India has 5 times more people in the critical 20-29 age bracket. Stated another way, the top 20% of the young Indian cohort is the same size as that entire age group in the U.S. Thus, it is not surprising that there would be many smart, ambitious, and well-educated Indians available to U.S. employers.
The success of Indian-origin leaders in Silicon Valley is well-documented by the likes of Vivek Wadhwa and Annalee Saxenian. However, this extraordinary success has now spread from Wall Street to the White House–and everything in between.
Several other well-known and well-capitalized companies led by Indians include Arista, Barclays, Cadence, Deloitte, FedEx, Flex, GoDaddy, Hubspot, Illumina, Micron, NetApp, Palo Alto Networks, Panera Bread, Reckitt Benckiser, Stryker, Vertex Pharmaceuticals, Vimeo, VMWare, Wayfair, Western Digital, Workday, and ZScaler.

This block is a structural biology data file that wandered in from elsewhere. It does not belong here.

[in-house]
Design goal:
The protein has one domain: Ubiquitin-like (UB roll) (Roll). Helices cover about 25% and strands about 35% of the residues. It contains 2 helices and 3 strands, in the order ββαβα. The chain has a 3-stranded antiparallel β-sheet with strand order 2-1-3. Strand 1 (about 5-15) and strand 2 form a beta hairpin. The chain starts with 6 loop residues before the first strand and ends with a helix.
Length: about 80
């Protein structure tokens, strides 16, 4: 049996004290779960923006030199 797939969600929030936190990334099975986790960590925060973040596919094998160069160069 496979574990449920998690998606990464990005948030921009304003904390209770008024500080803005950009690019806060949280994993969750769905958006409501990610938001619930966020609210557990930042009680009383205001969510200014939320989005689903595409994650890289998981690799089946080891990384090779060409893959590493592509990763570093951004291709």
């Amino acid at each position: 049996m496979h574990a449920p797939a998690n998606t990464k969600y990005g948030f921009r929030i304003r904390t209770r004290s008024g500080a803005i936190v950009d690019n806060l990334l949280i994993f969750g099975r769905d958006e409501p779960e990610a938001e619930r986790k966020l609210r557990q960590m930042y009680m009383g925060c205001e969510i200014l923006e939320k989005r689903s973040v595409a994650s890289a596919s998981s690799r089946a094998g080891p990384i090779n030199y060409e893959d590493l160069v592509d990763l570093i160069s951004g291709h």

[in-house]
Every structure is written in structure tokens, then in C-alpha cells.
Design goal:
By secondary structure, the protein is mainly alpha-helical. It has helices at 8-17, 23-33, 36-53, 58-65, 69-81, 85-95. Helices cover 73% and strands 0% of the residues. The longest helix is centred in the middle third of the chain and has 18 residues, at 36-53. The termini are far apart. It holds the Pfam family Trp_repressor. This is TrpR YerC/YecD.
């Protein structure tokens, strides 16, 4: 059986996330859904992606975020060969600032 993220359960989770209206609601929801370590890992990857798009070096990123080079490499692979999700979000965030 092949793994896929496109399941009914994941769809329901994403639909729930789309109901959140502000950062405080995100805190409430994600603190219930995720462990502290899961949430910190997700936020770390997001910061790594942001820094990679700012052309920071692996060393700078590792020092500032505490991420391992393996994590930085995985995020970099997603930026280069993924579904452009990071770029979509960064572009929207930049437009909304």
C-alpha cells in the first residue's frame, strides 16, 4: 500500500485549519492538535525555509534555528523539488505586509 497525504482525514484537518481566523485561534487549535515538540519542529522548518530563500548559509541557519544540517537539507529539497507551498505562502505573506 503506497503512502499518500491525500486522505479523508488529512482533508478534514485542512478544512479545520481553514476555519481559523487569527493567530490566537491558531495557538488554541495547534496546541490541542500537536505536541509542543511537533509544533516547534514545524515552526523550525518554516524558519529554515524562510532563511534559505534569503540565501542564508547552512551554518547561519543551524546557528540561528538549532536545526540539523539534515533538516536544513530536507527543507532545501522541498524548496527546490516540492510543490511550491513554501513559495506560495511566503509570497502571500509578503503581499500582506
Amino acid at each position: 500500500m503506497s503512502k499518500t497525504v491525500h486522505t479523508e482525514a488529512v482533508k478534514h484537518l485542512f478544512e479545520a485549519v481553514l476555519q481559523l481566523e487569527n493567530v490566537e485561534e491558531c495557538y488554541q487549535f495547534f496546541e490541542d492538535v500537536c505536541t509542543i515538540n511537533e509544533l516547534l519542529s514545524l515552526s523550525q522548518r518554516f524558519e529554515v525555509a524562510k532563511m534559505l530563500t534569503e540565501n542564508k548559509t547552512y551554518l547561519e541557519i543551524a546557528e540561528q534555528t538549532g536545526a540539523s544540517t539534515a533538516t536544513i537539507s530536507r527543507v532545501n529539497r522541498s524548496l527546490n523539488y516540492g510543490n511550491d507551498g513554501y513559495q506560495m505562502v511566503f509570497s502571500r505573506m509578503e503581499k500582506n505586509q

The 21st century will be the most globalized in history. As the U.S. fertility rate collapsed decades ago, the U.S. is now dependent on importing immigrants. By definition, someone who has grown up and/or gone to school and/or worked abroad, has greater global experience than the typical person in the U.S. When the demand is for those with global experience, U.S. companies will increasingly hire foreign born globalized individuals into management positions in the U.S. The U.S. is very far behind in global skill. We will see more and more immigrants taking on management roles at all levels, in U.S. corporations.
I have – today! – collected many of my posts on the importance of global skills into a single post on my Travel blog: International: How Global Are We? A Summary – Coldstreams Travel and Global Thinking
Update: My 5x larger figure for the India cohort is from at least a decade ago and I need to update it. Whatever the specific figure is, India has a lot more people in the 20-29 year old cohort than does the U.S.